While YouTube does have a Black creators fund, it needs to do more to invest in and highlight BIPOC creators who feature real-life, inspiring stories and ensure their channels get promoted to a greater content distribution audience. Regarding YouTube Kids, for example, the creators' fund makes no mention of diversity and inclusion, and given how crucial representation is for young kids, there should be more emphasis on representation here as well.

There is an appetite for inspiring and empowering content that elevates the voices and perspectives of BIPOC characters and creators.
YouTube videos containing ethnic-racial stereotypes had lower viewership compared to those without stereotypes. Videos without ethnic-racial stereotypes in our sample had a median of about 1.3 million views, while videos with ethnic-racial stereotypes had a median of only about 734,000 views.

Tweens and teens also sought out content that contained characters that looked like them. This pattern suggests that YouTube could act as a source of positive representation for youth who are seeking messages and entertainment that align with their ethnic-racial identity.

YouTube has the power to be the platform that gets it right on diverse representation.
Although YouTube states that it aims to elevate high-quality content for kids, it's clear that kids are still watching content that features negative ethnic-racial representation. Because user-generated content is unmoderated, stereotypes can be perpetuated and even rewarded by the YouTube algorithm.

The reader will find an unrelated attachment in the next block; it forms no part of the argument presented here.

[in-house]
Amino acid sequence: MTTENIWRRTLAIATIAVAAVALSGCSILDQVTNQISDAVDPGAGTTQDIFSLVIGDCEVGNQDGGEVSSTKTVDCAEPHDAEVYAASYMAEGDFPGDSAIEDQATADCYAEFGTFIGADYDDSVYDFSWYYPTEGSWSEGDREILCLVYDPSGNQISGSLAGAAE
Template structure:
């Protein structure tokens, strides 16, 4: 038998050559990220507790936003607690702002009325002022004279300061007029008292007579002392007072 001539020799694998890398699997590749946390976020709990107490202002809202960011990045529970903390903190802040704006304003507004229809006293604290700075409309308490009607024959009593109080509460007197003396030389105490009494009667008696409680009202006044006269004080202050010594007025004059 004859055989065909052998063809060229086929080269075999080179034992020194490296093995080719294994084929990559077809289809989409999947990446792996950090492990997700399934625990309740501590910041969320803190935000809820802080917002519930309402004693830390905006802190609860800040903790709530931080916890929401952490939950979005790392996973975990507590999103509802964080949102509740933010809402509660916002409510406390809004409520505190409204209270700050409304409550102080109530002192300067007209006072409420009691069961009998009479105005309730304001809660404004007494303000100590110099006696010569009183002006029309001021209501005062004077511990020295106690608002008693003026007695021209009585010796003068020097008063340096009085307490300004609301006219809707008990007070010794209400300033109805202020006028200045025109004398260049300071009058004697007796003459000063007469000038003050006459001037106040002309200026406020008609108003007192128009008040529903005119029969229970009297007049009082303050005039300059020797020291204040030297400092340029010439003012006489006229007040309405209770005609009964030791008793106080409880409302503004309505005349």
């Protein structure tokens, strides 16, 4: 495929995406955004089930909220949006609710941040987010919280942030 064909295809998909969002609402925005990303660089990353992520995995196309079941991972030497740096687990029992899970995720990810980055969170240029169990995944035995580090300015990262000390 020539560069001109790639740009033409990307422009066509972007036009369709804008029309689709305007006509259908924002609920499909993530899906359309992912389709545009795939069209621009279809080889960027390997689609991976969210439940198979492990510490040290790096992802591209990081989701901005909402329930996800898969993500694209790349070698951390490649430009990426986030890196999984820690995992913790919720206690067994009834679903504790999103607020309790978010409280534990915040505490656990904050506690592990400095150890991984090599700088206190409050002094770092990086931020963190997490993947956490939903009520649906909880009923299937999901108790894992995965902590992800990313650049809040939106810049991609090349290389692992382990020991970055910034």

More attention needs to be focused on promoting diverse creators in the YouTube algorithms. And by making it easier for users to flag inappropriate content and institute policy violations for offenders, YouTube could avoid the spread of trending videos promoting questionable/biased portrayals.

The answer shouldn't be just to suggest that children use YouTube Kids. Although YouTube has been making changes to improve the quality of content presented to children on the YouTube Kids site and child-directed content on the main YouTube site, most kids are accessing content on the main platform.

YouTube should take accountability and exert its power to positively influence how race and ethnicity are represented and discussed on its platform. By elevating diverse voices and real-life experiences, making it easier to flag biased content, and improving the quality of content across its entire platform, YouTube could change the narrative. YouTube can have a positive impact on kids' view of the world by helping them build their ethnic-racial identities and promoting understanding that goes beyond stereotypes and tropes.

In the meantime, families, caregivers, and educators can find content that elevates BIPOC experiences when YouTube isn't highlighting that for them, or check out these alternative kid-friendly platforms.

Déjà Rollins

Déjà Rollins is from Dallas, Texas. Her professional experience in radio and TV broadcasting laid the foundation for her doctoral studies in the Department of Communication at the University of Illinois at Urbana-Champaign. Her research centers on mediated communication and technology with an emphasis on race, culture, and identity formation. Déjà received her B.S. in journalism from University of Texas, Tyler, and her M.A. in communication from University of Texas, Dallas. Déjà's hobbies include pranking her children, working out, painting, rocking a karaoke set, pretending she's a five-star chef, and binge-watching new TV series